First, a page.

Paulson pads nine lucky banks with tax bucks
Wake up and good morning. I've heard of Teacher's Favorites but this is getting ridiculous. The Treasury Department, in its Bailouts 'R Us mode these days, has long wanted to invest big taxpayer $$ in some lucky banks to nationalize -- I mean recapitalize -- them and help get the rusted gears of the credit/lending system cranking again. At last, we're hearing who the Lucky Nine will be. The Bush administration will invest about $125-billion in Citigroup Inc. (which is slowly being absorbed by Middle East money), Goldman Sachs Group Inc. (that's the firm formerly run by Treasury Secretary Hank Paulson, by the way), along with Wells Fargo & Co. (they just bought troubled Wachovia, so what handy timing!), JPMorgan Chase & Co. (just a coincidence, I'm sure, that it just acquired struggling Washington Mutual), Bank of America Corp. (which just bought Merrill Lynch), Merrill Lynch & Co. (which just sold itself to BofA, so is that double-dipping?), Morgan Stanley (which just sold 21 percent of itself to Japan's Mitsubishi UFJ Financial Group Inc.), State Street Corp. and Bank of New York Mellon Corp. (these last two are big back-office and bank transaction processors, so they may be handy in his bailout mess). Bloomberg News has more on this event.
Now not all of the banks involved are reportedly happy with the move, but agreed to the federal investment under pressure. But you have to wonder: How do other banks, big and small, feel about not being invited to Treasury's free-cash party? And what do U.S. citizens think about their tax money being funneled into some of the very financial giants that helped create this financial mess we're in? Let's see your comments below.
Well, it was bound to happen. Like kids in a candy shop-- this time with a credit card -- we're starting to see debt collectors showing too much irrational exuberance in pursuing our debt-bloated society and too many debt-relief businesses not living up to their promises. The Florida attorney general's office has received more than 1,400 complaints about debt-settlement and other debt-relief companies this year through early October, compared with fewer than 890 for all of last year. Now Attorney General Bill McCollum plans a push for licensing requirements and to strengthen other rules governing the industry. The issue gets some air time in a Wall Street Journal story today with plenty of focus on -- where else? -- Florida. Here's one WSJ example:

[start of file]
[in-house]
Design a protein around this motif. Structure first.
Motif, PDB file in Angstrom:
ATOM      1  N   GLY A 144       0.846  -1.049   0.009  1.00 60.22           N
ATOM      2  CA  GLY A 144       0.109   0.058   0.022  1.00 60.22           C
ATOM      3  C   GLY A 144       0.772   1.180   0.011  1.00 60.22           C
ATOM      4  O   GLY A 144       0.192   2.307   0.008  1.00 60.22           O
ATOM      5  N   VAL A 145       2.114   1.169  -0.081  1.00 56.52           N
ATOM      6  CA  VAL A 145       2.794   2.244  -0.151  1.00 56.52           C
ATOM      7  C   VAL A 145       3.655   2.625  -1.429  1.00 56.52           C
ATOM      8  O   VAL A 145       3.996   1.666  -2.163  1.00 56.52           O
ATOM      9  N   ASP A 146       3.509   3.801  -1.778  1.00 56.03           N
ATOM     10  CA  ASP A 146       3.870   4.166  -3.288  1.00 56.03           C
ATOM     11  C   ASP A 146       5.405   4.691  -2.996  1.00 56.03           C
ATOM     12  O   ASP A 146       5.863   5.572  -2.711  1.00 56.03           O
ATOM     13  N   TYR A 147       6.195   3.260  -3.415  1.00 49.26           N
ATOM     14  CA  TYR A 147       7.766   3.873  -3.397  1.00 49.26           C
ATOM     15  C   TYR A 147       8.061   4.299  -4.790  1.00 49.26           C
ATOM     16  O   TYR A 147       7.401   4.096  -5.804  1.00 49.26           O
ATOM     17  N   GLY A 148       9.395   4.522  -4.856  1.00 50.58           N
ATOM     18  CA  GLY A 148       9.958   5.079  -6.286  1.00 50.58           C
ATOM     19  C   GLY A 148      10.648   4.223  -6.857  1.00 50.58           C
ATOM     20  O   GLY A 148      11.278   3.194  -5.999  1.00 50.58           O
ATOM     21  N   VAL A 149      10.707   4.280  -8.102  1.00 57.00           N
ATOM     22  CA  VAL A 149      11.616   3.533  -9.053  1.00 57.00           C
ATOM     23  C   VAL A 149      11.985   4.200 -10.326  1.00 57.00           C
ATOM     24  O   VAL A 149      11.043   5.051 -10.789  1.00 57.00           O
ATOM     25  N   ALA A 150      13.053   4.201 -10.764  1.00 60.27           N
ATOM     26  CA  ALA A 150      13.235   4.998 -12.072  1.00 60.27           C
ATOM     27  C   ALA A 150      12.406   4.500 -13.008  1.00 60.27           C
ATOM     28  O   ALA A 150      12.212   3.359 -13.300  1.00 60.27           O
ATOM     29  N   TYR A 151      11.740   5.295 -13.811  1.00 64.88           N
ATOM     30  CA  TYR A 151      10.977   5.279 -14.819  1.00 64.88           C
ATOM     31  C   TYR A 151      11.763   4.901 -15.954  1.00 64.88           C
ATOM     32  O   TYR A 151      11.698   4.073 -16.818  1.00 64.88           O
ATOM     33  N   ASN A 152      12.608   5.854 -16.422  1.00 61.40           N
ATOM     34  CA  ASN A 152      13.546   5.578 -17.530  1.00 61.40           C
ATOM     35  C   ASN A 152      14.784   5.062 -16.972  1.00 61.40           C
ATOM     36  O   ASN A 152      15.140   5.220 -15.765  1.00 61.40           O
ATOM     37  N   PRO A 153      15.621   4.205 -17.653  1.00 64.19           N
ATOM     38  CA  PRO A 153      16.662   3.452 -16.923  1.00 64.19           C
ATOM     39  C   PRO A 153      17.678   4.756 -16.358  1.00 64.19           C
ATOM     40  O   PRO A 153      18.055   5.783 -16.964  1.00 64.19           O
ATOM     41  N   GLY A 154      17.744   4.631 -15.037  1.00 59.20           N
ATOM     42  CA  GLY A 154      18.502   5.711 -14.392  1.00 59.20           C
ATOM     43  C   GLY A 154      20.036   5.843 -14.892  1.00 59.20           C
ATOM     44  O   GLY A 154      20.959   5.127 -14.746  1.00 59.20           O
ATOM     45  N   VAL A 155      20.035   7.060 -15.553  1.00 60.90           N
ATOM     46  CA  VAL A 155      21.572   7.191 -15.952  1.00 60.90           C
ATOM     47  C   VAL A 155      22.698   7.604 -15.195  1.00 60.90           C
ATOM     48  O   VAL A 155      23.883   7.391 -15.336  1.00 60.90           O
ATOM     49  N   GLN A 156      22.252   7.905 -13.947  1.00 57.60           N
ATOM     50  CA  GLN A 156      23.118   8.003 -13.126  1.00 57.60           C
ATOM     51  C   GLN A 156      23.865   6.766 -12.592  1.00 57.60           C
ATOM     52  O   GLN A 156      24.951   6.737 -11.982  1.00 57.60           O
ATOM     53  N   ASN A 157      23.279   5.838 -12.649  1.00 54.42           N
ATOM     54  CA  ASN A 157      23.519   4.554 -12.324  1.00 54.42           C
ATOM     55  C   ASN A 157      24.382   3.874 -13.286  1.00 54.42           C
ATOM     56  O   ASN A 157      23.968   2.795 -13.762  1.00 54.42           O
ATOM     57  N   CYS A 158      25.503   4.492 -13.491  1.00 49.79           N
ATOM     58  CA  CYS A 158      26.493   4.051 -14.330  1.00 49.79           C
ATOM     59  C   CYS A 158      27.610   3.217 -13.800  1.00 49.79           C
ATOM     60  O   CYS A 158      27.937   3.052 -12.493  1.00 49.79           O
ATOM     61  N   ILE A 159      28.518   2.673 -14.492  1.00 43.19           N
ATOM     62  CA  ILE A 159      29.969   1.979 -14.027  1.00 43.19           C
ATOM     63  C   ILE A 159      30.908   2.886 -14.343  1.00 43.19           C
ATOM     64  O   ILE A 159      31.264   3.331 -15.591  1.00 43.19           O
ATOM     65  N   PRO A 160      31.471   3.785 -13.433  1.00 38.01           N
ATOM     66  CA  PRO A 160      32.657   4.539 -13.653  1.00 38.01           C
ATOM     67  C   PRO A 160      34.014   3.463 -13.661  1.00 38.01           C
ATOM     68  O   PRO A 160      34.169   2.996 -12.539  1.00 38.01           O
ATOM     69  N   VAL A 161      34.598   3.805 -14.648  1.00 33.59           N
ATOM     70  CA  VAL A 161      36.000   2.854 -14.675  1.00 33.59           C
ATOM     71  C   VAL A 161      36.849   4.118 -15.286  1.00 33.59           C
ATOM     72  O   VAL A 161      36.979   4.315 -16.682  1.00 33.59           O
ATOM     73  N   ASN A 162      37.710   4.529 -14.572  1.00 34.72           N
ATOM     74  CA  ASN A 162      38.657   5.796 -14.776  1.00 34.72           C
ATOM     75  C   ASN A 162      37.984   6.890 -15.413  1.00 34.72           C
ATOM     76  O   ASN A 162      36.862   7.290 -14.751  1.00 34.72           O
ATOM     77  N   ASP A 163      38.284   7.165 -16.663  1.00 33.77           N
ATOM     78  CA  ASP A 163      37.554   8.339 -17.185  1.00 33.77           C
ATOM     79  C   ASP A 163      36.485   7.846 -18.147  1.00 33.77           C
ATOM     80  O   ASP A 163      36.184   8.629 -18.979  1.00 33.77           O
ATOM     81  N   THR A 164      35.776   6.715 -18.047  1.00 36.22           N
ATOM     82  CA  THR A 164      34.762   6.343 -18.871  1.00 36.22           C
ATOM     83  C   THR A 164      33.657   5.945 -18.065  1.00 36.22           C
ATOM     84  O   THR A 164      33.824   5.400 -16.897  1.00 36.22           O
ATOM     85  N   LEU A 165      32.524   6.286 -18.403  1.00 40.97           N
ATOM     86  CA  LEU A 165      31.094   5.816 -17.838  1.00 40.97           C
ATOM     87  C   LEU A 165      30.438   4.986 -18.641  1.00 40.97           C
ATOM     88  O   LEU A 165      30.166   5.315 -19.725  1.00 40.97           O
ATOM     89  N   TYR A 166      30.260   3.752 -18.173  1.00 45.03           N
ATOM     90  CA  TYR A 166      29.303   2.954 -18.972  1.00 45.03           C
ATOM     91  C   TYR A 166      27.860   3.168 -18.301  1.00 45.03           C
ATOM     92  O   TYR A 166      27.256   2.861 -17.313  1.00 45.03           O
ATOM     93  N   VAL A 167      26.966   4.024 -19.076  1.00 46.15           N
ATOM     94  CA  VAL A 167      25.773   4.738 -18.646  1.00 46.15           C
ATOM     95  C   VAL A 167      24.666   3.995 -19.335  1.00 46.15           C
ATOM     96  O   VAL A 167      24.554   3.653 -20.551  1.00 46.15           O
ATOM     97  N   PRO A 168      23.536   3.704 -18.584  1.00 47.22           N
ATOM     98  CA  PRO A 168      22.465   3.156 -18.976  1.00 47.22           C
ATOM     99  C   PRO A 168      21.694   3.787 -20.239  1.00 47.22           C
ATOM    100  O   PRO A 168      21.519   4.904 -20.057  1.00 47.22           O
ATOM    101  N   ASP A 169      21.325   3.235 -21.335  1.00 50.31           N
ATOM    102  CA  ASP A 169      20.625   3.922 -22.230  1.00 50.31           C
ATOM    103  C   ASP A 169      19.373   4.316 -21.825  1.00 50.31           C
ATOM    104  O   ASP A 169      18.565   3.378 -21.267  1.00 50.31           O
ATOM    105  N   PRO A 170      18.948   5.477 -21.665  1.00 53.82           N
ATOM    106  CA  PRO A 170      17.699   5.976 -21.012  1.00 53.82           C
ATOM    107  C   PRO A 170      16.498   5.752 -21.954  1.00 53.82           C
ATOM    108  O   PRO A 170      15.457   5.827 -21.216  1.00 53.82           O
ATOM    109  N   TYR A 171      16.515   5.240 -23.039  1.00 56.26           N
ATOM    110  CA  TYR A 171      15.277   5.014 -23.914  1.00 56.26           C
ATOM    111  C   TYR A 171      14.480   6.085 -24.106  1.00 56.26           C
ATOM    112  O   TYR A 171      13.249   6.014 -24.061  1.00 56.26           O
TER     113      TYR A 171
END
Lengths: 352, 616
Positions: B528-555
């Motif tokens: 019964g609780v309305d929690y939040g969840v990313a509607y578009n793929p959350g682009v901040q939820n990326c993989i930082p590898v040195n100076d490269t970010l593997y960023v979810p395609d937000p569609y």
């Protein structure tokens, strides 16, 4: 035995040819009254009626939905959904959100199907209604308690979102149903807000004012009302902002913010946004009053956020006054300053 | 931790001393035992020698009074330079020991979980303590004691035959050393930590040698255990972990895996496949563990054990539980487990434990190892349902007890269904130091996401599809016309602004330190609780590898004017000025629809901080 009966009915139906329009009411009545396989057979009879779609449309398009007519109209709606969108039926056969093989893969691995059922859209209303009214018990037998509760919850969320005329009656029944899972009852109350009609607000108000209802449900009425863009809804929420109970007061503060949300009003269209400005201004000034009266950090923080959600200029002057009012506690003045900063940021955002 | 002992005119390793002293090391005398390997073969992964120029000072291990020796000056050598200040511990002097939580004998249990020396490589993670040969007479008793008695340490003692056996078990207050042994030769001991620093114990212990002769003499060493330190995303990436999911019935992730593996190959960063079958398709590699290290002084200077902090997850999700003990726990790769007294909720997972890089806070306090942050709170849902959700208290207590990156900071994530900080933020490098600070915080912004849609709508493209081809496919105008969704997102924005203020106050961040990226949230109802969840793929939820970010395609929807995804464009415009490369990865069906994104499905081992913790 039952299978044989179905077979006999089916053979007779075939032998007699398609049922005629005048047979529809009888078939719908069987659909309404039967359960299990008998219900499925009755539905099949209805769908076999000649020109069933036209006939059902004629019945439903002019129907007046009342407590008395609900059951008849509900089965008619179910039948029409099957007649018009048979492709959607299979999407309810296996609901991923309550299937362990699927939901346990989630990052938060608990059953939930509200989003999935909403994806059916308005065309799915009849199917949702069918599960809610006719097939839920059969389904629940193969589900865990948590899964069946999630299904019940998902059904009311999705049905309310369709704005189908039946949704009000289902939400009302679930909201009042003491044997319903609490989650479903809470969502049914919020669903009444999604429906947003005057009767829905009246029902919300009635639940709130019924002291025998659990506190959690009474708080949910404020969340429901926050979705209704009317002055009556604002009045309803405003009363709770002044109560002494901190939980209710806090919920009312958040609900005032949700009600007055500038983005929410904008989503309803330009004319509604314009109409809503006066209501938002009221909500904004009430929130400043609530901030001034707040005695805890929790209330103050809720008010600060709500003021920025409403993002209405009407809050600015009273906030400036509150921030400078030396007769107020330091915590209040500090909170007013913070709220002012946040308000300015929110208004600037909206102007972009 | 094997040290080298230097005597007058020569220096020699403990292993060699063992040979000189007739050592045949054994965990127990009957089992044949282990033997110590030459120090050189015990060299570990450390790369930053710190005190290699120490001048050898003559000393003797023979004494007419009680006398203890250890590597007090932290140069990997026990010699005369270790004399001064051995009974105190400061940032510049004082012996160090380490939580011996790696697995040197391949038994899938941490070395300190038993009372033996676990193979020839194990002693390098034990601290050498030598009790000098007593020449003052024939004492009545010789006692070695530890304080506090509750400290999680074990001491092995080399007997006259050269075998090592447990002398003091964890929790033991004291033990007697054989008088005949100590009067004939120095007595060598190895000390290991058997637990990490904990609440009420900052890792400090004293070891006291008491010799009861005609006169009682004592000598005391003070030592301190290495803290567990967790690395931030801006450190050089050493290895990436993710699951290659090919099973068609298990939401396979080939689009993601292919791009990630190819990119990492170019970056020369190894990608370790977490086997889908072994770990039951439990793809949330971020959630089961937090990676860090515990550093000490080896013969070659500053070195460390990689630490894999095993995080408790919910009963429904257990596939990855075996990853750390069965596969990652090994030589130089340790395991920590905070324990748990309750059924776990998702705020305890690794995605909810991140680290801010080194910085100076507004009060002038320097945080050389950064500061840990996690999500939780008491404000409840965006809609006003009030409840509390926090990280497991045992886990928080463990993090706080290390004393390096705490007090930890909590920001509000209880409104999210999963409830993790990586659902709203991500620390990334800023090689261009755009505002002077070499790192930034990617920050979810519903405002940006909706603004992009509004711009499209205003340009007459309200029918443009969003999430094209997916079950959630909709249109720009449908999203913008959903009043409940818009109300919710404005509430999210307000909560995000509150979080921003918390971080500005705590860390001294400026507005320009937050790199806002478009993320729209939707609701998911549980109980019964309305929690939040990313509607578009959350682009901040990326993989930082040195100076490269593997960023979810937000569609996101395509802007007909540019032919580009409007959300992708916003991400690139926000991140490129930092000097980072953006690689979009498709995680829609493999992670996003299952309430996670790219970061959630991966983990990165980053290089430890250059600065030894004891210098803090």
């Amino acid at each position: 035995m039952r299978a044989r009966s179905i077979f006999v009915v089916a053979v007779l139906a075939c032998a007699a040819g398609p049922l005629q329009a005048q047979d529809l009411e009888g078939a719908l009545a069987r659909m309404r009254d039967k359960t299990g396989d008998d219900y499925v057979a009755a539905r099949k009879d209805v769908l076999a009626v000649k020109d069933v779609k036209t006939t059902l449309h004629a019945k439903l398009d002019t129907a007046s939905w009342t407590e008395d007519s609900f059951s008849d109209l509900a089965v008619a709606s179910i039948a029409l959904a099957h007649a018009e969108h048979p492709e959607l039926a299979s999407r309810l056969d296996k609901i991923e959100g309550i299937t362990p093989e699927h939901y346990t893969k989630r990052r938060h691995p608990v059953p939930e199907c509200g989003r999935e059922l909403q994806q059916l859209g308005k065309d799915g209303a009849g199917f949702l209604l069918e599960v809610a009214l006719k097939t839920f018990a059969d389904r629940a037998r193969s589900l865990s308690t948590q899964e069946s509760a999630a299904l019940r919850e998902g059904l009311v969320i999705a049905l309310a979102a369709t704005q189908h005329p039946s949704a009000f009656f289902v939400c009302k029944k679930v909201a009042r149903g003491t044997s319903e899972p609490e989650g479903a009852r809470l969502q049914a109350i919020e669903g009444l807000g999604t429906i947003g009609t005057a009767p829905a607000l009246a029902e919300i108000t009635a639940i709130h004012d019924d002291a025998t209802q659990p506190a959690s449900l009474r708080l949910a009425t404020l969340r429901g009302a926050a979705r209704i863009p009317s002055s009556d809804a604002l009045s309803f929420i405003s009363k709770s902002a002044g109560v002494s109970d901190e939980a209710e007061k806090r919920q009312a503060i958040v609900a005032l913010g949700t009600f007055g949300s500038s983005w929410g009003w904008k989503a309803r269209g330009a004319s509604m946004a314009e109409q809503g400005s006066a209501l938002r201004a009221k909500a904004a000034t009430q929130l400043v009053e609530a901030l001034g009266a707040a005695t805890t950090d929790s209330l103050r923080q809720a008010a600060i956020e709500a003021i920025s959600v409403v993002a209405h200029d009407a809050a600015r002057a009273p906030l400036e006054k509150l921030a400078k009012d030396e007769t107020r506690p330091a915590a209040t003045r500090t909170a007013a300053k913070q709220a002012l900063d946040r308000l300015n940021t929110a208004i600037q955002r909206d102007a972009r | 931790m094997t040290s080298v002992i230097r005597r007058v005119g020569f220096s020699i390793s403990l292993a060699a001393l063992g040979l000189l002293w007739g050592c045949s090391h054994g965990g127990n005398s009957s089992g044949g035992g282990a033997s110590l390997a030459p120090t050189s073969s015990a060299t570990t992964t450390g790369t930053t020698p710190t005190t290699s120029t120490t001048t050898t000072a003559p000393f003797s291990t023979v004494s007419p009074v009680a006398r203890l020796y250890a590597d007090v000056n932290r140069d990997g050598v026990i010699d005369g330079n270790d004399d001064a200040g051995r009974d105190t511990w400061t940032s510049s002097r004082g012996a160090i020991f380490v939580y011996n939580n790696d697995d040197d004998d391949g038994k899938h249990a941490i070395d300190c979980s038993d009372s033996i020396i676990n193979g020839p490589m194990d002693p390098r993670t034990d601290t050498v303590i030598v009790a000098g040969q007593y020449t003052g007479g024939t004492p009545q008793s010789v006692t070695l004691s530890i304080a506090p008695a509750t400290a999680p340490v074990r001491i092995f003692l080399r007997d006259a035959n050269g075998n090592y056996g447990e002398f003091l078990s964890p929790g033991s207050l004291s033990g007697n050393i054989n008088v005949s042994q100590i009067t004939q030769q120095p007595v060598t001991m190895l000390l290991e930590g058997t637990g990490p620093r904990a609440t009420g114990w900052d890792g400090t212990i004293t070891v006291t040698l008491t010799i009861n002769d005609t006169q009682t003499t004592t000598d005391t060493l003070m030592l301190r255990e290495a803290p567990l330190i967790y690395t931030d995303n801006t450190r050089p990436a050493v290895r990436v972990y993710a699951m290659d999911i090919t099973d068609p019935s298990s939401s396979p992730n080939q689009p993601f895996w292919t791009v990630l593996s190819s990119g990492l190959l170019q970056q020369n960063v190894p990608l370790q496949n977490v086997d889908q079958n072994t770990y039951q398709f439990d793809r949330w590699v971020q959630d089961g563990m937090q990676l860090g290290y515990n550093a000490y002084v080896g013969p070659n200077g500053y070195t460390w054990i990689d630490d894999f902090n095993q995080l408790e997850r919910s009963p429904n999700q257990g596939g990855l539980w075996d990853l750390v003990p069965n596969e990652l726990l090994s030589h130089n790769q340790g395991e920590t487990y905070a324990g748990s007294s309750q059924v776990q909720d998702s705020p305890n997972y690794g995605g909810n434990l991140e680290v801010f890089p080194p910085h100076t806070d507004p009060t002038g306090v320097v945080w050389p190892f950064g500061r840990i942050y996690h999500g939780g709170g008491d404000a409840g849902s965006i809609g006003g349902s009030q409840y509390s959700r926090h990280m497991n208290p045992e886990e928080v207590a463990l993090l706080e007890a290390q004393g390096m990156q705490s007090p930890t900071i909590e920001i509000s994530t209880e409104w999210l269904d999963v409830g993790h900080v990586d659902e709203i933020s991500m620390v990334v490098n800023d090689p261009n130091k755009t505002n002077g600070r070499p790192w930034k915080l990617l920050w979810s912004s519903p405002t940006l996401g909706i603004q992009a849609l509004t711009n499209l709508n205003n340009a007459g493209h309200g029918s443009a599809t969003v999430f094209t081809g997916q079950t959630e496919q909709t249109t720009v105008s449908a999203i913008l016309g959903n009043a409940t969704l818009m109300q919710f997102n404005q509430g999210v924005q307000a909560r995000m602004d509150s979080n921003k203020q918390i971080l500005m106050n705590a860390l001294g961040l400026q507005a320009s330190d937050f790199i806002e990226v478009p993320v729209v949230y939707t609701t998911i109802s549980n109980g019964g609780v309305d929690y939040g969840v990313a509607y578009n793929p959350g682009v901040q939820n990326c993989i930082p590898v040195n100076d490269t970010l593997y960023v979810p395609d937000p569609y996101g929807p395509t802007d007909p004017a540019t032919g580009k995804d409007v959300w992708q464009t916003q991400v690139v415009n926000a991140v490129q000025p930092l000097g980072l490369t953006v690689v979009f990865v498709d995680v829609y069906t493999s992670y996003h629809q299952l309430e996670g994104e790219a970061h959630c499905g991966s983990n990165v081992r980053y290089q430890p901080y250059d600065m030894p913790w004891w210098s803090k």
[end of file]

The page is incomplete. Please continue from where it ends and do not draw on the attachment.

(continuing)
Wally Bowman, a part-time security guard in Miamisburg, Ohio, had roughly $15,000 in credit-card debt when he signed up with a "debt settlement" firm last year. The company said it could resolve his debts for far less than the amount he owed and advised the 63-year-old to stop making payments to his creditors, according to Bowman who said he paid hundreds of dollars in up-front fees and made regular monthly payments of $249 to Hess Kennedy of Coral Springs, Fla. But the firm never settled any of his debts, he says. By the time he dropped out of the program this summer, Bowman says his debt had ballooned to about $20,000 due to interest and late fees, and creditors were threatening to garnish his wages. Finally, he filed for bankruptcy last month. "I wish I had done that to begin with," Mr. Bowman says. "I'd have been much better off."
The St. Petersburg Times recently tried to contact a Tampa debt collection firm named Howell & Associates Inc. It has been sued by the West Virginia Attorney General's Office for allegedly illegally threatening state residents in an effort to collect debts that sometimes didn't exist. Here's the story. We called and emailed Howell & Associates CEO Gregory Wells, who is named as a defendant in the lawsuit, for a comment but received no response. Here's come consumer advice straight from our state attorney general's office on how to protect yourself from excessive debt collection and related efforts.
Finally, who's gearing up to make a mint in this emerging federal rescue complex? Law firms. Read about what some Tampa Bay firms are doing so far in my latest column in the St. Petersburg Times.
-- Robert Trigaux, Times Business Columnist